Caps on aged care fees from next year

Vulnerable older Australians will be less likely to be ripped off thanks to a new government mandate.

In a big win for older Australians, from 1 January 2023 administration and management fees for at-home aged care will be capped at no more than 20 per cent and 15 per cent of a total package respectively.

The policy change was announced by aged care minister Annika Wells, who said excessive fees and charges made up a large portion of the high cost of home-based aged care.

“We are committed to giving care recipients better value for money and the choice and control to shop around,” she said.

Read: Putting the care back into aged care

“A reduction in administration and management charges means more money in your package to pay for help around the house, personal and clinical care, assistive equipment, and other supports to stay safe and independent at home.

“We are acting quickly to remove the most excessive charges and putting downward pressure on prices.”

The onus is on aged care providers to review their charges and discuss and agree any pricing changes with their care recipients by 1 January 2023, ensuring they obtain informed consent for any changes.

“We will support providers to adjust their pricing and set reasonable and competitive charges,” Ms Wells said.

“I encourage providers to start planning for, and talking to, their care recipients about these changes now.”

Read: The set and forget of medication in aged care

In addition to the fee caps, the government is also banning exit fees, improving provider choice for care recipients and stopping providers from charging separate brokerage and subcontracting fees.

The announcement was welcomed by Ian Yates, chief executive of seniors advocacy group Council on the Ageing (COTA), who said the cap would give older Australians and their families more confidence that their money was paying for care and not lining the pockets of providers.

“Quality home care is vital for older Australians and this announcement is an important step in improving care and boosting accountability and transparency in the sector,” he said.

“Older Australians deserve to have their home-care package funds going directly to the care they need and deserve – not being used up on things like higher-than-average profits or inefficient management and administration.”

Read: NDIS accused of failing older Australians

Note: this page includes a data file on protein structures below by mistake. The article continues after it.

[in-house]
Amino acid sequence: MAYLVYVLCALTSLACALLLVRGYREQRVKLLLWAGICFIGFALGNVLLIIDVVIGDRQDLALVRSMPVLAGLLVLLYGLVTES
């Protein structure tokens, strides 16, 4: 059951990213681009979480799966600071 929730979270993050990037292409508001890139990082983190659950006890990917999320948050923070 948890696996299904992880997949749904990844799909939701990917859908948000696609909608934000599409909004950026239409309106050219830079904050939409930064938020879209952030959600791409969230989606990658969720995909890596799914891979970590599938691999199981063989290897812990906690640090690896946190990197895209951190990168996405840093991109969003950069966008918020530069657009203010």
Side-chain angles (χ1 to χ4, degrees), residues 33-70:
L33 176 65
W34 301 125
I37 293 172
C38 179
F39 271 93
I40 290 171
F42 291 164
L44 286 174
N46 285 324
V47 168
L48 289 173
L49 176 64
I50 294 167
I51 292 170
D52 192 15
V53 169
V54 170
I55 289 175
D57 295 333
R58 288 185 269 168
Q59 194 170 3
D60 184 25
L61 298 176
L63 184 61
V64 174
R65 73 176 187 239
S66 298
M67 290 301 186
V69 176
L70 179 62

Mr Yates added that while the fee caps were a step in the right direction, much more needed to be done to fix the aged care system and cautioned that dodgy providers may look to rort the new system.

“The issue isn’t just about price gouging or excess profits, it’s also about inefficiencies in how some providers operate,” he said. “The government needs to be awake to this and make sure we’re weeding out inefficient operators who refuse to move with the times.

“The government must also be alert to some providers trying to get around the caps by transferring fees to a loading on hourly service fees.

“We need full pricing transparency, and it must be compulsory for every provider, with penalties for non-compliance. Too many providers are still ignoring this obligation.”

Do you worry about the cost of aged care? Have you made any preparations to pay for your own future care? Let us know in the comments section below.

Brad Lockyer
Brad Lockyer
Brad has deep knowledge of retirement income, including Age Pension and other government entitlements, as well as health, money and lifestyle issues facing older Australians. Keen interests in current affairs, politics, sport and entertainment. Digital media professional with more than 10 years experience in the industry.


  1. Oh about time. It is ridiculous the amount of money these Providers take from the elderly plus they add on another 10% for any service provided by them.
    When you ask for something to be done to make things safe around your home they come back with “Oh I don’t think we can it is going to add value to your house”. How ridiculous. Do people forget the elderly paid taxes all of their lives and it is about time they were looked after.

- Our Partners -


- Advertisment -
- Advertisment -